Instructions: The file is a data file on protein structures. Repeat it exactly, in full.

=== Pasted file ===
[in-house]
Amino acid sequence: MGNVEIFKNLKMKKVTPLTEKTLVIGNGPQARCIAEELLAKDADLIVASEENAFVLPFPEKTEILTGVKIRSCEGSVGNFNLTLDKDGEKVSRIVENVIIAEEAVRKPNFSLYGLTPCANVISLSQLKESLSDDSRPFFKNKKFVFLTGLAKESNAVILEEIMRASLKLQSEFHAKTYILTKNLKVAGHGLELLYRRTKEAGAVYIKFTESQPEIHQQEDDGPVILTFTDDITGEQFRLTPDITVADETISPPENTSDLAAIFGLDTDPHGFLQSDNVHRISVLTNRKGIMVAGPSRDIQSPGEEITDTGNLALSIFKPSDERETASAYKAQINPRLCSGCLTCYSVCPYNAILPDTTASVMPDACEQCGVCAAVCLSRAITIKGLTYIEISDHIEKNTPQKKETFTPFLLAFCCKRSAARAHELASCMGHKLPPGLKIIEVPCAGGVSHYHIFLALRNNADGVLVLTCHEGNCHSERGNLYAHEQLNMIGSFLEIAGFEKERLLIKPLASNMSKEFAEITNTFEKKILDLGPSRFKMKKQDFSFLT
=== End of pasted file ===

[in-house]
Amino acid sequence: MGNVEIFKNLKMKKVTPLTEKTLVIGNGPQARCIAEELLAKDADLIVASEENAFVLPFPEKTEILTGVKIRSCEGSVGNFNLTLDKDGEKVSRIVENVIIAEEAVRKPNFSLYGLTPCANVISLSQLKESLSDDSRPFFKNKKFVFLTGLAKESNAVILEEIMRASLKLQSEFHAKTYILTKNLKVAGHGLELLYRRTKEAGAVYIKFTESQPEIHQQEDDGPVILTFTDDITGEQFRLTPDITVADETISPPENTSDLAAIFGLDTDPHGFLQSDNVHRISVLTNRKGIMVAGPSRDIQSPGEEITDTGNLALSIFKPSDERETASAYKAQINPRLCSGCLTCYSVCPYNAILPDTTASVMPDACEQCGVCAAVCLSRAITIKGLTYIEISDHIEKNTPQKKETFTPFLLAFCCKRSAARAHELASCMGHKLPPGLKIIEVPCAGGVSHYHIFLALRNNADGVLVLTCHEGNCHSERGNLYAHEQLNMIGSFLEIAGFEKERLLIKPLASNMSKEFAEITNTFEKKILDLGPSRFKMKKQDFSFLT